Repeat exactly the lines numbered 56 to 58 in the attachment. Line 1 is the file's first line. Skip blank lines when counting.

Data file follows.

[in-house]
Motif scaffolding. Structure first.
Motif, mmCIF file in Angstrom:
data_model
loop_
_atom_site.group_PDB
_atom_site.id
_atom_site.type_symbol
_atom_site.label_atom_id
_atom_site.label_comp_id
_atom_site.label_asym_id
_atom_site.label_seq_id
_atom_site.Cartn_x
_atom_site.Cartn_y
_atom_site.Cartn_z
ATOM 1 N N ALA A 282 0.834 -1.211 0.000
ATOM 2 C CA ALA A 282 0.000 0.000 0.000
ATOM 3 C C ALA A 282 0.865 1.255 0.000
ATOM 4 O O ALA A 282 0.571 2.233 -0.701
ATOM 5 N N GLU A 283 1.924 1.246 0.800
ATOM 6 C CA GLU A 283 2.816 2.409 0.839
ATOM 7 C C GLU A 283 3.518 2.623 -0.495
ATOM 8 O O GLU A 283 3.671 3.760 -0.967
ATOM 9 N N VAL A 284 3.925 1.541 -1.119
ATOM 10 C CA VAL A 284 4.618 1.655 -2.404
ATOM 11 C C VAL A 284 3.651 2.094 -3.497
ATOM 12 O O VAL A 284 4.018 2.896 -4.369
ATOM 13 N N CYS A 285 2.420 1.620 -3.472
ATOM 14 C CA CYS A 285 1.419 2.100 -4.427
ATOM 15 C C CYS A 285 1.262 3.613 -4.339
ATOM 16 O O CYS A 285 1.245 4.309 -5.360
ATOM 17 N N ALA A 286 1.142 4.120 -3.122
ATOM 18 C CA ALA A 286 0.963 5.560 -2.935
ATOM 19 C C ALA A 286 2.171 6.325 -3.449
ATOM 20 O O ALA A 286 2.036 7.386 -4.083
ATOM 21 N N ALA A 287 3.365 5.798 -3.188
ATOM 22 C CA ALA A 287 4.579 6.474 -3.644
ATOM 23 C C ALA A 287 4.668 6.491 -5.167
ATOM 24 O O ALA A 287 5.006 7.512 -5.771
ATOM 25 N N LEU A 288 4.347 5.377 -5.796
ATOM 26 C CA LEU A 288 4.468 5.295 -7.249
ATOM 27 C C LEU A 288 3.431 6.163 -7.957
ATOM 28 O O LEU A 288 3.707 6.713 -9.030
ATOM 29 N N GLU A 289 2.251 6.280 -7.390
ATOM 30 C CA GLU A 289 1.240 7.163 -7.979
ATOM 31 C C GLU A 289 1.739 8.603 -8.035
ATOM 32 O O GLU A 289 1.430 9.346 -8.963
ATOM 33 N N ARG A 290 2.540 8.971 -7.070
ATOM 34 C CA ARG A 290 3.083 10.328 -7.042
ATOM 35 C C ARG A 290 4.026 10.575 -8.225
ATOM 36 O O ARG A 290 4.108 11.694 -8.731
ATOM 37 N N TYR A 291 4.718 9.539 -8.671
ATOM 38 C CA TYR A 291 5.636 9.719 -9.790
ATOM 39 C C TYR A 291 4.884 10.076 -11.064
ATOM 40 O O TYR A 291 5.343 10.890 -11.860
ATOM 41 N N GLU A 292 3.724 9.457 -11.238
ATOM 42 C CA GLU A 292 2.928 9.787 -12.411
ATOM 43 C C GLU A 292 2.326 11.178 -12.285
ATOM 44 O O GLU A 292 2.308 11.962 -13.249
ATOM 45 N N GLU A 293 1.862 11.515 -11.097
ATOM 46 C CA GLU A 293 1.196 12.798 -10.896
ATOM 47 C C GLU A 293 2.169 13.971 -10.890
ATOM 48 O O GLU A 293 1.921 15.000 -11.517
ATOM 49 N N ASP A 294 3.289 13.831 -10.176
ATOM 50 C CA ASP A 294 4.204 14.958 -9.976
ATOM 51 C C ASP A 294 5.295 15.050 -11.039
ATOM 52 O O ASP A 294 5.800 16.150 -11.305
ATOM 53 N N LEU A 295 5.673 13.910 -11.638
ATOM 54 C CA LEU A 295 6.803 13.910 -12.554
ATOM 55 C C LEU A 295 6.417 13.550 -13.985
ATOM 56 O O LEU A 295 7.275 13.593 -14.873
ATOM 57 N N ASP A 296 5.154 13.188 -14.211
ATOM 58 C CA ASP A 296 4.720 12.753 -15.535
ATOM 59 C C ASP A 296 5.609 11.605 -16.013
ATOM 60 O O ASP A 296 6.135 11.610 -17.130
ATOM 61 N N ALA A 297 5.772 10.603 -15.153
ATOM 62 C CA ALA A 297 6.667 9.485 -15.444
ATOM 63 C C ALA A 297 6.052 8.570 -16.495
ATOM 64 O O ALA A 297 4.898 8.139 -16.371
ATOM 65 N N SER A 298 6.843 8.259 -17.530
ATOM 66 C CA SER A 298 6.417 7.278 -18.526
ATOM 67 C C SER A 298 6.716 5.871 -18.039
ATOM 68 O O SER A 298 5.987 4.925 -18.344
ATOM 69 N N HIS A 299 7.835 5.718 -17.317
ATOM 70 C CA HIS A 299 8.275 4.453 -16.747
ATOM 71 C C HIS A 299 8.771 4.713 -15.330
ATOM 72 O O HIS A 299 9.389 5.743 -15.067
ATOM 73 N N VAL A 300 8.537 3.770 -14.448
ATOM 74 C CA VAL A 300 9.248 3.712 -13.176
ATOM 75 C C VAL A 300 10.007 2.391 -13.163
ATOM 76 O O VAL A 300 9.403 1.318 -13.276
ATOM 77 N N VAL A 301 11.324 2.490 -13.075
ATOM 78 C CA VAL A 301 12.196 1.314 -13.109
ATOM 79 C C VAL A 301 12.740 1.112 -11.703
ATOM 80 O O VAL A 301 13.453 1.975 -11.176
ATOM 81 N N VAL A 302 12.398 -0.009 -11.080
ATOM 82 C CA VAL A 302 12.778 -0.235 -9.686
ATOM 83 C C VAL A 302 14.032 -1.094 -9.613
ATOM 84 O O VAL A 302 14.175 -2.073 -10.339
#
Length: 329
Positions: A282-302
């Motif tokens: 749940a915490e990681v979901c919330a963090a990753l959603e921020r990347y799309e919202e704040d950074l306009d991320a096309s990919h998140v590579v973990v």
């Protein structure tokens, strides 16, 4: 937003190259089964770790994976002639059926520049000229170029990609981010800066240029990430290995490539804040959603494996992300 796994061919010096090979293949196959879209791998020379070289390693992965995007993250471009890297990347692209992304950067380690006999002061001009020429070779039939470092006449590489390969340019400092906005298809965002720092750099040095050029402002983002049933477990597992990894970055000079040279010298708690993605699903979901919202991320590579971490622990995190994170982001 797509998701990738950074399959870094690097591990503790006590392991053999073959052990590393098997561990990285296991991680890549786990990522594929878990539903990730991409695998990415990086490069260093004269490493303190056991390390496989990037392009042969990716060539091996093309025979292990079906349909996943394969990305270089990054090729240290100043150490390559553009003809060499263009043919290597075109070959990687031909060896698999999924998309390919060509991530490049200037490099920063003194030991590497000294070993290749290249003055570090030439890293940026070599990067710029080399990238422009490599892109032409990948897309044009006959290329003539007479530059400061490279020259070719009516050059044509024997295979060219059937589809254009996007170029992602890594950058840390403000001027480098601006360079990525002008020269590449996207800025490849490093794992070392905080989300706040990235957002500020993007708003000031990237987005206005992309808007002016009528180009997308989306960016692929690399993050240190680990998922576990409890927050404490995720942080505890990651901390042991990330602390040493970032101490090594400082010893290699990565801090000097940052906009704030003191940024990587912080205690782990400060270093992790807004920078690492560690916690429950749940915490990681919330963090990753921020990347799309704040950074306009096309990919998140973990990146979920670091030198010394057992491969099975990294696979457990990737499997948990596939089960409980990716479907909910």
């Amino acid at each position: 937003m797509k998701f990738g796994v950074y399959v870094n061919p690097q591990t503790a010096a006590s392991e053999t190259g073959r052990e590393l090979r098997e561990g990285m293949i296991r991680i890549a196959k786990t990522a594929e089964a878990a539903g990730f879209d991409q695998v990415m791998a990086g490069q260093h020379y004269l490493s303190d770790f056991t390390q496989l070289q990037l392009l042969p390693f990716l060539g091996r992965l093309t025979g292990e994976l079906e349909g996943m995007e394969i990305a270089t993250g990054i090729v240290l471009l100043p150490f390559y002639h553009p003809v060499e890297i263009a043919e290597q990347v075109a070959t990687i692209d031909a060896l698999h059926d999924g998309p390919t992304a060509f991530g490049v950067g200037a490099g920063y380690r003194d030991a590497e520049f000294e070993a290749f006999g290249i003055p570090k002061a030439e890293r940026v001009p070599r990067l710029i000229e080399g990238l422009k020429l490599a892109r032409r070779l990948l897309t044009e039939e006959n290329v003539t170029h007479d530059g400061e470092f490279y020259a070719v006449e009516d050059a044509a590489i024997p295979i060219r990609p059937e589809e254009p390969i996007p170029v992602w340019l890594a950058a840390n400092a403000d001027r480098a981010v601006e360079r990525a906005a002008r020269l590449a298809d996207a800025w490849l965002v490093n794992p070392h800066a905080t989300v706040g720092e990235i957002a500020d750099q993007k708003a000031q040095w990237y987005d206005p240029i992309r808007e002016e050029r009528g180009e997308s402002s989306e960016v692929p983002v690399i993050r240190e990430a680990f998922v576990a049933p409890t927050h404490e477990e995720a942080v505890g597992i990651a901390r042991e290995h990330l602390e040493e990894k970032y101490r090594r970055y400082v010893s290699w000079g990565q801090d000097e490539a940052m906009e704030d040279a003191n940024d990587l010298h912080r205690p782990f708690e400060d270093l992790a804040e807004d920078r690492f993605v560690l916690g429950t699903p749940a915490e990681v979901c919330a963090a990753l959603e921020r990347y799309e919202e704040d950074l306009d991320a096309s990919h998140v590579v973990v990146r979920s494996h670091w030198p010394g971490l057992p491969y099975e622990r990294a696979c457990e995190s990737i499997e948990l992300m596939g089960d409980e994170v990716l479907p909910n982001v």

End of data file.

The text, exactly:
ATOM 41 N N GLU A 292 3.724 9.457 -11.238
ATOM 42 C CA GLU A 292 2.928 9.787 -12.411
ATOM 43 C C GLU A 292 2.326 11.178 -12.285